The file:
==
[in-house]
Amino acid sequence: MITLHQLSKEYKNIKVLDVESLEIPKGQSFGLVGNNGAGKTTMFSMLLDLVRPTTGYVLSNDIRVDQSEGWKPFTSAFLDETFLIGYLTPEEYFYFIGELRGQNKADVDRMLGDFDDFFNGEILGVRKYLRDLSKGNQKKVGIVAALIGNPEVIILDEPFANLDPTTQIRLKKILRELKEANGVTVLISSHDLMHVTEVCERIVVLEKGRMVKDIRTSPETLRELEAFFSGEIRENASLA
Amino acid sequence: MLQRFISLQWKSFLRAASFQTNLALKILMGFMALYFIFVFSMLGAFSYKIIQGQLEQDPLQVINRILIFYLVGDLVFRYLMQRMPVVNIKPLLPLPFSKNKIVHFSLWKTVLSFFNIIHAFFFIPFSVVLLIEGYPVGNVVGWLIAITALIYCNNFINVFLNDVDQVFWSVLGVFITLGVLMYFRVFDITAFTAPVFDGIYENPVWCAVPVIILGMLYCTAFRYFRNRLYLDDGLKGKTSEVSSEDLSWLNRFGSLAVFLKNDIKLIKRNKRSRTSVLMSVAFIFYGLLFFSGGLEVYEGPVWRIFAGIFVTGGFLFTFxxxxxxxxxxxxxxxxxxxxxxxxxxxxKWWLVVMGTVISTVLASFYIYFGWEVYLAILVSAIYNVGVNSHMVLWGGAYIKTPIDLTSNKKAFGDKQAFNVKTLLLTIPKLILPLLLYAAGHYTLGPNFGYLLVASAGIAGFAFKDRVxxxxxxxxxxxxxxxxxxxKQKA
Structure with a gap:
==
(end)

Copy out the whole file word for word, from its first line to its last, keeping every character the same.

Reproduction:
[in-house]
Amino acid sequence: MITLHQLSKEYKNIKVLDVESLEIPKGQSFGLVGNNGAGKTTMFSMLLDLVRPTTGYVLSNDIRVDQSEGWKPFTSAFLDETFLIGYLTPEEYFYFIGELRGQNKADVDRMLGDFDDFFNGEILGVRKYLRDLSKGNQKKVGIVAALIGNPEVIILDEPFANLDPTTQIRLKKILRELKEANGVTVLISSHDLMHVTEVCERIVVLEKGRMVKDIRTSPETLRELEAFFSGEIRENASLA
Amino acid sequence: MLQRFISLQWKSFLRAASFQTNLALKILMGFMALYFIFVFSMLGAFSYKIIQGQLEQDPLQVINRILIFYLVGDLVFRYLMQRMPVVNIKPLLPLPFSKNKIVHFSLWKTVLSFFNIIHAFFFIPFSVVLLIEGYPVGNVVGWLIAITALIYCNNFINVFLNDVDQVFWSVLGVFITLGVLMYFRVFDITAFTAPVFDGIYENPVWCAVPVIILGMLYCTAFRYFRNRLYLDDGLKGKTSEVSSEDLSWLNRFGSLAVFLKNDIKLIKRNKRSRTSVLMSVAFIFYGLLFFSGGLEVYEGPVWRIFAGIFVTGGFLFTFxxxxxxxxxxxxxxxxxxxxxxxxxxxxKWWLVVMGTVISTVLASFYIYFGWEVYLAILVSAIYNVGVNSHMVLWGGAYIKTPIDLTSNKKAFGDKQAFNVKTLLLTIPKLILPLLLYAAGHYTLGPNFGYLLVASAGIAGFAFKDRVxxxxxxxxxxxxxxxxxxxKQKA
Structure with a gap: